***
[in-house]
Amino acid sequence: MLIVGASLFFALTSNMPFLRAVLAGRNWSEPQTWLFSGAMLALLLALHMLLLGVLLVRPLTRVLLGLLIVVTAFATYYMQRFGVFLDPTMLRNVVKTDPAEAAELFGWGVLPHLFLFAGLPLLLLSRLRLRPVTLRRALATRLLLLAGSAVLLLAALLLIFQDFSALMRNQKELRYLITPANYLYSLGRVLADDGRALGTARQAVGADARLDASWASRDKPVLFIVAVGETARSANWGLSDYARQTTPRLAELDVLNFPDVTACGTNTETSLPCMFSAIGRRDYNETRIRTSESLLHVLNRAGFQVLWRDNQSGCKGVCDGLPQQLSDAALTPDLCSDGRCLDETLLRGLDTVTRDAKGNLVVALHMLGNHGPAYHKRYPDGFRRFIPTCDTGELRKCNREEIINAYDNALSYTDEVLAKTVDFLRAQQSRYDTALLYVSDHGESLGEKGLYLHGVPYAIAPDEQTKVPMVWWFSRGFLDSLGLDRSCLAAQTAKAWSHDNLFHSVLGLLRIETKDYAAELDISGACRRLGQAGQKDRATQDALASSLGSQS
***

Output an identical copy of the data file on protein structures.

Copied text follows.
[in-house]
Amino acid sequence: MLIVGASLFFALTSNMPFLRAVLAGRNWSEPQTWLFSGAMLALLLALHMLLLGVLLVRPLTRVLLGLLIVVTAFATYYMQRFGVFLDPTMLRNVVKTDPAEAAELFGWGVLPHLFLFAGLPLLLLSRLRLRPVTLRRALATRLLLLAGSAVLLLAALLLIFQDFSALMRNQKELRYLITPANYLYSLGRVLADDGRALGTARQAVGADARLDASWASRDKPVLFIVAVGETARSANWGLSDYARQTTPRLAELDVLNFPDVTACGTNTETSLPCMFSAIGRRDYNETRIRTSESLLHVLNRAGFQVLWRDNQSGCKGVCDGLPQQLSDAALTPDLCSDGRCLDETLLRGLDTVTRDAKGNLVVALHMLGNHGPAYHKRYPDGFRRFIPTCDTGELRKCNREEIINAYDNALSYTDEVLAKTVDFLRAQQSRYDTALLYVSDHGESLGEKGLYLHGVPYAIAPDEQTKVPMVWWFSRGFLDSLGLDRSCLAAQTAKAWSHDNLFHSVLGLLRIETKDYAAELDISGACRRLGQAGQKDRATQDALASSLGSQS